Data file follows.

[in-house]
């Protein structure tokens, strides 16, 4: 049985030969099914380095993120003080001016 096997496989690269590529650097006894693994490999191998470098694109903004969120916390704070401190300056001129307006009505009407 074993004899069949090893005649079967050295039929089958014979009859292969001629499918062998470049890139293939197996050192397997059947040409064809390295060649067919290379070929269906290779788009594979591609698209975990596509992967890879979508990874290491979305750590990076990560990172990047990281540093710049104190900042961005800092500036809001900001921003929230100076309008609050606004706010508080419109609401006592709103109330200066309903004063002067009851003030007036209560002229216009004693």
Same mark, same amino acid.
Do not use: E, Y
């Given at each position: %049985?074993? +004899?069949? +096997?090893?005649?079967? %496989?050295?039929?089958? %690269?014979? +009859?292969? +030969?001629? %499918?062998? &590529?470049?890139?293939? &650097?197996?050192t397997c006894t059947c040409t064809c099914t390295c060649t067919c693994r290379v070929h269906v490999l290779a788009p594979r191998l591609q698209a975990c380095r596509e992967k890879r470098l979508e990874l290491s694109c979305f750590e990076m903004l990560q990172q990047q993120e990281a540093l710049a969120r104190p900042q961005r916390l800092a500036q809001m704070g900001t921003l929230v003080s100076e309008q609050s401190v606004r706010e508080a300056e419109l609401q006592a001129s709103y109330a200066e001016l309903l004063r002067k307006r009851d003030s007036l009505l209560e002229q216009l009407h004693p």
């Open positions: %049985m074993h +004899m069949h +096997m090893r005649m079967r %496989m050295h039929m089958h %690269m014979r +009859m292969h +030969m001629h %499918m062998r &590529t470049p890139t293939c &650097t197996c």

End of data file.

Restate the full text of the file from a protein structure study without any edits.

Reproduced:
[in-house]
């Protein structure tokens, strides 16, 4: 049985030969099914380095993120003080001016 096997496989690269590529650097006894693994490999191998470098694109903004969120916390704070401190300056001129307006009505009407 074993004899069949090893005649079967050295039929089958014979009859292969001629499918062998470049890139293939197996050192397997059947040409064809390295060649067919290379070929269906290779788009594979591609698209975990596509992967890879979508990874290491979305750590990076990560990172990047990281540093710049104190900042961005800092500036809001900001921003929230100076309008609050606004706010508080419109609401006592709103109330200066309903004063002067009851003030007036209560002229216009004693």
Same mark, same amino acid.
Do not use: E, Y
């Given at each position: %049985?074993? +004899?069949? +096997?090893?005649?079967? %496989?050295?039929?089958? %690269?014979? +009859?292969? +030969?001629? %499918?062998? &590529?470049?890139?293939? &650097?197996?050192t397997c006894t059947c040409t064809c099914t390295c060649t067919c693994r290379v070929h269906v490999l290779a788009p594979r191998l591609q698209a975990c380095r596509e992967k890879r470098l979508e990874l290491s694109c979305f750590e990076m903004l990560q990172q990047q993120e990281a540093l710049a969120r104190p900042q961005r916390l800092a500036q809001m704070g900001t921003l929230v003080s100076e309008q609050s401190v606004r706010e508080a300056e419109l609401q006592a001129s709103y109330a200066e001016l309903l004063r002067k307006r009851d003030s007036l009505l209560e002229q216009l009407h004693p």
């Open positions: %049985m074993h +004899m069949h +096997m090893r005649m079967r %496989m050295h039929m089958h %690269m014979r +009859m292969h +030969m001629h %499918m062998r &590529t470049p890139t293939c &650097t197996c």